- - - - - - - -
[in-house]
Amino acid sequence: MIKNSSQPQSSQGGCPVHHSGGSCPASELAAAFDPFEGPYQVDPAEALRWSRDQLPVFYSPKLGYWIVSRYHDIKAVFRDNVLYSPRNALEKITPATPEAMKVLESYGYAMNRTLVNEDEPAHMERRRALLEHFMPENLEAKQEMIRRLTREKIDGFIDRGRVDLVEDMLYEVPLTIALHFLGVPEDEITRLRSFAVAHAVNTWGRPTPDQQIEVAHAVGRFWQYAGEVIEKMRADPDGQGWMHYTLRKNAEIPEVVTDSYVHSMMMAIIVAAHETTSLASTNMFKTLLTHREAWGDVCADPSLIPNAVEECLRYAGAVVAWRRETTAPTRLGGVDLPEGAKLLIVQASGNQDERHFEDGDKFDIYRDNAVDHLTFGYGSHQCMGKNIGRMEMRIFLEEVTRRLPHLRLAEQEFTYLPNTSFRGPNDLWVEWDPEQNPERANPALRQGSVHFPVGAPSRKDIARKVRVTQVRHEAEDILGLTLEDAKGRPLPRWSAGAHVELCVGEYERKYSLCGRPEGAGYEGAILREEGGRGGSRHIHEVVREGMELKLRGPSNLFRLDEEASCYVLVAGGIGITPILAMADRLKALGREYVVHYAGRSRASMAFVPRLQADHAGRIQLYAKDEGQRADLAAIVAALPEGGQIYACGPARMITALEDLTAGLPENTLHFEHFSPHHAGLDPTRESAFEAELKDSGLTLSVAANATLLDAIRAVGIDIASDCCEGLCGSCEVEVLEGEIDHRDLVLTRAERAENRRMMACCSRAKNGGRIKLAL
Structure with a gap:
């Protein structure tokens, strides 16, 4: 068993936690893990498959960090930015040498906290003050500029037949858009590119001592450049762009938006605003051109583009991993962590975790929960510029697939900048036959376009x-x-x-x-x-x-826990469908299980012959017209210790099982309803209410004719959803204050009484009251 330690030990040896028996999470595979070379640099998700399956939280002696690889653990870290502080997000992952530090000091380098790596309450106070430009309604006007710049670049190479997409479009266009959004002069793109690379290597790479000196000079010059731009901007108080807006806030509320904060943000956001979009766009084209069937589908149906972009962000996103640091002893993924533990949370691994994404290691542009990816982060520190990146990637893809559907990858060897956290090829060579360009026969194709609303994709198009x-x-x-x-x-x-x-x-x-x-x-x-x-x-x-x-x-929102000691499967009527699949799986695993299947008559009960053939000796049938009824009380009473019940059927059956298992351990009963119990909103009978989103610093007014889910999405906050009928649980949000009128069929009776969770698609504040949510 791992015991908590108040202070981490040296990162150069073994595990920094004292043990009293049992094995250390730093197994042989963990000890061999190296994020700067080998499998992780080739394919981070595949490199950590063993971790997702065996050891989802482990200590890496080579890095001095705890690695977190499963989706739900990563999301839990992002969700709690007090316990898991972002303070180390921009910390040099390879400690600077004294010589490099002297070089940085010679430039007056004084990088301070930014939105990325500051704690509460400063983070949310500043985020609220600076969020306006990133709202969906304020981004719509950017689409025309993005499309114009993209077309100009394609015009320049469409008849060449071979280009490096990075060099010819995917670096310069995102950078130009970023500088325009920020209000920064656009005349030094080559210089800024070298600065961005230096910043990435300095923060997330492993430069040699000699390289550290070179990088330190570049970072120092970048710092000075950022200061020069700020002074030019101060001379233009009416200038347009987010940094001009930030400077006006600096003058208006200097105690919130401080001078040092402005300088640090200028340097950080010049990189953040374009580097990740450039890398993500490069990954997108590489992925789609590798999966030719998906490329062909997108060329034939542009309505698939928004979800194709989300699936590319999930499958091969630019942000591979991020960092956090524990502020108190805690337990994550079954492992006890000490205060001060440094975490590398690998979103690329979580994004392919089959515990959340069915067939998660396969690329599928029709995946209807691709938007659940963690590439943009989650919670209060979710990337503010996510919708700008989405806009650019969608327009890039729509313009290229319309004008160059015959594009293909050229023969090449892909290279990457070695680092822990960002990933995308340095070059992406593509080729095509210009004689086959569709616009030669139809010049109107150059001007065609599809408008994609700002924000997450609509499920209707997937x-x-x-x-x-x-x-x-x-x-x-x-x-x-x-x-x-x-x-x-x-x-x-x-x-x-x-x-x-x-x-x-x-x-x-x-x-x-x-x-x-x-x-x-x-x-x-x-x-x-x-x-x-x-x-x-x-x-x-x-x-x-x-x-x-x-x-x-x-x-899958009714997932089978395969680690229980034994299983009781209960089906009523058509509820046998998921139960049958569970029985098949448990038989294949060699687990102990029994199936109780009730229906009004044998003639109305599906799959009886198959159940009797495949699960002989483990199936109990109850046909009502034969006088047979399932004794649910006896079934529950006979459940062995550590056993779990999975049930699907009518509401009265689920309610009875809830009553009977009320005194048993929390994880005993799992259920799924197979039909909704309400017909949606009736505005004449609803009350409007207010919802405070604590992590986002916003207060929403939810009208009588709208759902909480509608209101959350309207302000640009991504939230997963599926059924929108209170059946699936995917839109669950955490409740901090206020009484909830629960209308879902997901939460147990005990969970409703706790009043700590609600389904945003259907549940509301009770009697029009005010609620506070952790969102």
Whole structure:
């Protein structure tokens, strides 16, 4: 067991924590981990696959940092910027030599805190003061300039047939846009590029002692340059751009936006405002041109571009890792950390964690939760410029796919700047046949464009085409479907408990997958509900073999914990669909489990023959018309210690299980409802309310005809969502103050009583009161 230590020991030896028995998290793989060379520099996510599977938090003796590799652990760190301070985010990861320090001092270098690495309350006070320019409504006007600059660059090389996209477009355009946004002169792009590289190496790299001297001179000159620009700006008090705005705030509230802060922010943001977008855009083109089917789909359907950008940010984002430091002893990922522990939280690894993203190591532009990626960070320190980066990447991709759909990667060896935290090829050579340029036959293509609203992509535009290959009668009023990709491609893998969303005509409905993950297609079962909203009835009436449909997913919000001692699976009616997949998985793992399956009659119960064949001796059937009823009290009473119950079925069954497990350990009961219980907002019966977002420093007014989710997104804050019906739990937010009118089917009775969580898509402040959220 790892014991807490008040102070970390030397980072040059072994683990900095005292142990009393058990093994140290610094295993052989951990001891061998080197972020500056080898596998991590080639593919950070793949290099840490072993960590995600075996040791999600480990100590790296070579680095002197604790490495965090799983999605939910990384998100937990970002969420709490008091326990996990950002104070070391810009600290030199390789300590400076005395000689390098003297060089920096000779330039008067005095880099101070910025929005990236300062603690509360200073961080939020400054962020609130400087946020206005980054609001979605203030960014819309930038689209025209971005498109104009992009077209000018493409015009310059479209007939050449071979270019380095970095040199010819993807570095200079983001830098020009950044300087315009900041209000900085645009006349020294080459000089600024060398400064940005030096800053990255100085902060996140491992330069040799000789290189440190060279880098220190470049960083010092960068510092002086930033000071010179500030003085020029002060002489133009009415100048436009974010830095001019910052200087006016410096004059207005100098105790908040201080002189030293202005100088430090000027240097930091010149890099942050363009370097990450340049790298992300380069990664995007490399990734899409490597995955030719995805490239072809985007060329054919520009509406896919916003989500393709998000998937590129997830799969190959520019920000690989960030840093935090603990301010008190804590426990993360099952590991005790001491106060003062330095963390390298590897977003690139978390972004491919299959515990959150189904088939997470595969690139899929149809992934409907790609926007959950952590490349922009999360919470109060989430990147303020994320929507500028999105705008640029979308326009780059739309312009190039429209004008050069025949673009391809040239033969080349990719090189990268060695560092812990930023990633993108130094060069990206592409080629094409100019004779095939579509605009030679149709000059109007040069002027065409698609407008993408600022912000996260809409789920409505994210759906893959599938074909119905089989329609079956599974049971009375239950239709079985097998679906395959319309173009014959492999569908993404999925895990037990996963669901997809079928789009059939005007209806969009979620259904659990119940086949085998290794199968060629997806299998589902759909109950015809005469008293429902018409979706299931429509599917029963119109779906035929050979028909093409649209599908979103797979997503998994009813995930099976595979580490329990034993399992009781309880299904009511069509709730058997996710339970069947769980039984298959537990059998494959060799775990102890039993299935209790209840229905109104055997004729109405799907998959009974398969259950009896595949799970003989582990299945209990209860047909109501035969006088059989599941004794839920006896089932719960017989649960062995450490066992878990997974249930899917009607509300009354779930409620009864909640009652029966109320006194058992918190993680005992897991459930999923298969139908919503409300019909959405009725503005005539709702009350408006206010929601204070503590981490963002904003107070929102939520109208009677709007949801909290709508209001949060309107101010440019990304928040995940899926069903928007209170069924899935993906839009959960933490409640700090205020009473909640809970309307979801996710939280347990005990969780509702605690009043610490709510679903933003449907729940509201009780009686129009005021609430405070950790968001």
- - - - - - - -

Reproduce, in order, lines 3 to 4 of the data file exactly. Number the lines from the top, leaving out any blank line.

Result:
Structure with a gap:
């Protein structure tokens, strides 16, 4: 068993936690893990498959960090930015040498906290003050500029037949858009590119001592450049762009938006605003051109583009991993962590975790929960510029697939900048036959376009x-x-x-x-x-x-826990469908299980012959017209210790099982309803209410004719959803204050009484009251 330690030990040896028996999470595979070379640099998700399956939280002696690889653990870290502080997000992952530090000091380098790596309450106070430009309604006007710049670049190479997409479009266009959004002069793109690379290597790479000196000079010059731009901007108080807006806030509320904060943000956001979009766009084209069937589908149906972009962000996103640091002893993924533990949370691994994404290691542009990816982060520190990146990637893809559907990858060897956290090829060579360009026969194709609303994709198009x-x-x-x-x-x-x-x-x-x-x-x-x-x-x-x-x-929102000691499967009527699949799986695993299947008559009960053939000796049938009824009380009473019940059927059956298992351990009963119990909103009978989103610093007014889910999405906050009928649980949000009128069929009776969770698609504040949510 791992015991908590108040202070981490040296990162150069073994595990920094004292043990009293049992094995250390730093197994042989963990000890061999190296994020700067080998499998992780080739394919981070595949490199950590063993971790997702065996050891989802482990200590890496080579890095001095705890690695977190499963989706739900990563999301839990992002969700709690007090316990898991972002303070180390921009910390040099390879400690600077004294010589490099002297070089940085010679430039007056004084990088301070930014939105990325500051704690509460400063983070949310500043985020609220600076969020306006990133709202969906304020981004719509950017689409025309993005499309114009993209077309100009394609015009320049469409008849060449071979280009490096990075060099010819995917670096310069995102950078130009970023500088325009920020209000920064656009005349030094080559210089800024070298600065961005230096910043990435300095923060997330492993430069040699000699390289550290070179990088330190570049970072120092970048710092000075950022200061020069700020002074030019101060001379233009009416200038347009987010940094001009930030400077006006600096003058208006200097105690919130401080001078040092402005300088640090200028340097950080010049990189953040374009580097990740450039890398993500490069990954997108590489992925789609590798999966030719998906490329062909997108060329034939542009309505698939928004979800194709989300699936590319999930499958091969630019942000591979991020960092956090524990502020108190805690337990994550079954492992006890000490205060001060440094975490590398690998979103690329979580994004392919089959515990959340069915067939998660396969690329599928029709995946209807691709938007659940963690590439943009989650919670209060979710990337503010996510919708700008989405806009650019969608327009890039729509313009290229319309004008160059015959594009293909050229023969090449892909290279990457070695680092822990960002990933995308340095070059992406593509080729095509210009004689086959569709616009030669139809010049109107150059001007065609599809408008994609700002924000997450609509499920209707997937x-x-x-x-x-x-x-x-x-x-x-x-x-x-x-x-x-x-x-x-x-x-x-x-x-x-x-x-x-x-x-x-x-x-x-x-x-x-x-x-x-x-x-x-x-x-x-x-x-x-x-x-x-x-x-x-x-x-x-x-x-x-x-x-x-x-x-x-x-x-899958009714997932089978395969680690229980034994299983009781209960089906009523058509509820046998998921139960049958569970029985098949448990038989294949060699687990102990029994199936109780009730229906009004044998003639109305599906799959009886198959159940009797495949699960002989483990199936109990109850046909009502034969006088047979399932004794649910006896079934529950006979459940062995550590056993779990999975049930699907009518509401009265689920309610009875809830009553009977009320005194048993929390994880005993799992259920799924197979039909909704309400017909949606009736505005004449609803009350409007207010919802405070604590992590986002916003207060929403939810009208009588709208759902909480509608209101959350309207302000640009991504939230997963599926059924929108209170059946699936995917839109669950955490409740901090206020009484909830629960209308879902997901939460147990005990969970409703706790009043700590609600389904945003259907549940509301009770009697029009005010609620506070952790969102």